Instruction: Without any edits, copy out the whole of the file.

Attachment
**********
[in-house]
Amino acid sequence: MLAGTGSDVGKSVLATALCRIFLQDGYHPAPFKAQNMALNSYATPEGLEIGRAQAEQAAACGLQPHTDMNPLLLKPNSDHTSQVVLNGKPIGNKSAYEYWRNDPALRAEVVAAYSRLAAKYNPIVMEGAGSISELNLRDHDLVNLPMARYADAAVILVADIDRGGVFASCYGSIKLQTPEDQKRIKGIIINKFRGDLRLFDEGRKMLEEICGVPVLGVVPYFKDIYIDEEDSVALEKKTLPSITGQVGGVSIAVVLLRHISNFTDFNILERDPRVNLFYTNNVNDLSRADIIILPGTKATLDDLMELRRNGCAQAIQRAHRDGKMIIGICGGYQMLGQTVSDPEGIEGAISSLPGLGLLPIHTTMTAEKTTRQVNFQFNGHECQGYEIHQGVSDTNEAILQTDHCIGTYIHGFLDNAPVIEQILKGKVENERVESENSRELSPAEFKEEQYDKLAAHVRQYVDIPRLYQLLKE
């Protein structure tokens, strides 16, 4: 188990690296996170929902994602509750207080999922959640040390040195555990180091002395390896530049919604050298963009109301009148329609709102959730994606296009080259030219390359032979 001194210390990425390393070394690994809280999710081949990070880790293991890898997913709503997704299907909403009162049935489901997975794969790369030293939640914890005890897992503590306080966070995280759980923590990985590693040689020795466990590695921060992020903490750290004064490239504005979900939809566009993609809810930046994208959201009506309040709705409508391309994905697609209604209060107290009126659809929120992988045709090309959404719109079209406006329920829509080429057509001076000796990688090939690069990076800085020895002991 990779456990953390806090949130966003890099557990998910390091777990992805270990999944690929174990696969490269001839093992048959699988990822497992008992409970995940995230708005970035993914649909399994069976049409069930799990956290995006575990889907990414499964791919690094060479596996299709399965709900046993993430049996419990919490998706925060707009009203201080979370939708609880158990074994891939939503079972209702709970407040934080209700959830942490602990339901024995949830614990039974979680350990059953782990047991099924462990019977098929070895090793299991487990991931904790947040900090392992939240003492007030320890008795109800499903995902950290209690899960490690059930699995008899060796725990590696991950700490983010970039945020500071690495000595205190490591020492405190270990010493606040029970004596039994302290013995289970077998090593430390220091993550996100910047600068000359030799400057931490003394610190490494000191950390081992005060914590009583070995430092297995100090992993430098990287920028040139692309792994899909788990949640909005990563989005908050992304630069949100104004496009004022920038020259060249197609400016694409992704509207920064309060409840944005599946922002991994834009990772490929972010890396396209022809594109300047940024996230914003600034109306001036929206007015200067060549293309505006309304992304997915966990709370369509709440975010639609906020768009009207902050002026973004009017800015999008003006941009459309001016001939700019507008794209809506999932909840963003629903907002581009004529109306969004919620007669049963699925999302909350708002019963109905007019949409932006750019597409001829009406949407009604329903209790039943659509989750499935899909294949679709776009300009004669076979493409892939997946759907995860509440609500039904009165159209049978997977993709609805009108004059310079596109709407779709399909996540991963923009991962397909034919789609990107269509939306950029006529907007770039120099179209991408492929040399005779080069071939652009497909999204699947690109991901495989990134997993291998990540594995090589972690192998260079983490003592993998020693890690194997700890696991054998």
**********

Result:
[in-house]
Amino acid sequence: MLAGTGSDVGKSVLATALCRIFLQDGYHPAPFKAQNMALNSYATPEGLEIGRAQAEQAAACGLQPHTDMNPLLLKPNSDHTSQVVLNGKPIGNKSAYEYWRNDPALRAEVVAAYSRLAAKYNPIVMEGAGSISELNLRDHDLVNLPMARYADAAVILVADIDRGGVFASCYGSIKLQTPEDQKRIKGIIINKFRGDLRLFDEGRKMLEEICGVPVLGVVPYFKDIYIDEEDSVALEKKTLPSITGQVGGVSIAVVLLRHISNFTDFNILERDPRVNLFYTNNVNDLSRADIIILPGTKATLDDLMELRRNGCAQAIQRAHRDGKMIIGICGGYQMLGQTVSDPEGIEGAISSLPGLGLLPIHTTMTAEKTTRQVNFQFNGHECQGYEIHQGVSDTNEAILQTDHCIGTYIHGFLDNAPVIEQILKGKVENERVESENSRELSPAEFKEEQYDKLAAHVRQYVDIPRLYQLLKE
């Protein structure tokens, strides 16, 4: 188990690296996170929902994602509750207080999922959640040390040195555990180091002395390896530049919604050298963009109301009148329609709102959730994606296009080259030219390359032979 001194210390990425390393070394690994809280999710081949990070880790293991890898997913709503997704299907909403009162049935489901997975794969790369030293939640914890005890897992503590306080966070995280759980923590990985590693040689020795466990590695921060992020903490750290004064490239504005979900939809566009993609809810930046994208959201009506309040709705409508391309994905697609209604209060107290009126659809929120992988045709090309959404719109079209406006329920829509080429057509001076000796990688090939690069990076800085020895002991 990779456990953390806090949130966003890099557990998910390091777990992805270990999944690929174990696969490269001839093992048959699988990822497992008992409970995940995230708005970035993914649909399994069976049409069930799990956290995006575990889907990414499964791919690094060479596996299709399965709900046993993430049996419990919490998706925060707009009203201080979370939708609880158990074994891939939503079972209702709970407040934080209700959830942490602990339901024995949830614990039974979680350990059953782990047991099924462990019977098929070895090793299991487990991931904790947040900090392992939240003492007030320890008795109800499903995902950290209690899960490690059930699995008899060796725990590696991950700490983010970039945020500071690495000595205190490591020492405190270990010493606040029970004596039994302290013995289970077998090593430390220091993550996100910047600068000359030799400057931490003394610190490494000191950390081992005060914590009583070995430092297995100090992993430098990287920028040139692309792994899909788990949640909005990563989005908050992304630069949100104004496009004022920038020259060249197609400016694409992704509207920064309060409840944005599946922002991994834009990772490929972010890396396209022809594109300047940024996230914003600034109306001036929206007015200067060549293309505006309304992304997915966990709370369509709440975010639609906020768009009207902050002026973004009017800015999008003006941009459309001016001939700019507008794209809506999932909840963003629903907002581009004529109306969004919620007669049963699925999302909350708002019963109905007019949409932006750019597409001829009406949407009604329903209790039943659509989750499935899909294949679709776009300009004669076979493409892939997946759907995860509440609500039904009165159209049978997977993709609805009108004059310079596109709407779709399909996540991963923009991962397909034919789609990107269509939306950029006529907007770039120099179209991408492929040399005779080069071939652009497909999204699947690109991901495989990134997993291998990540594995090589972690192998260079983490003592993998020693890690194997700890696991054998």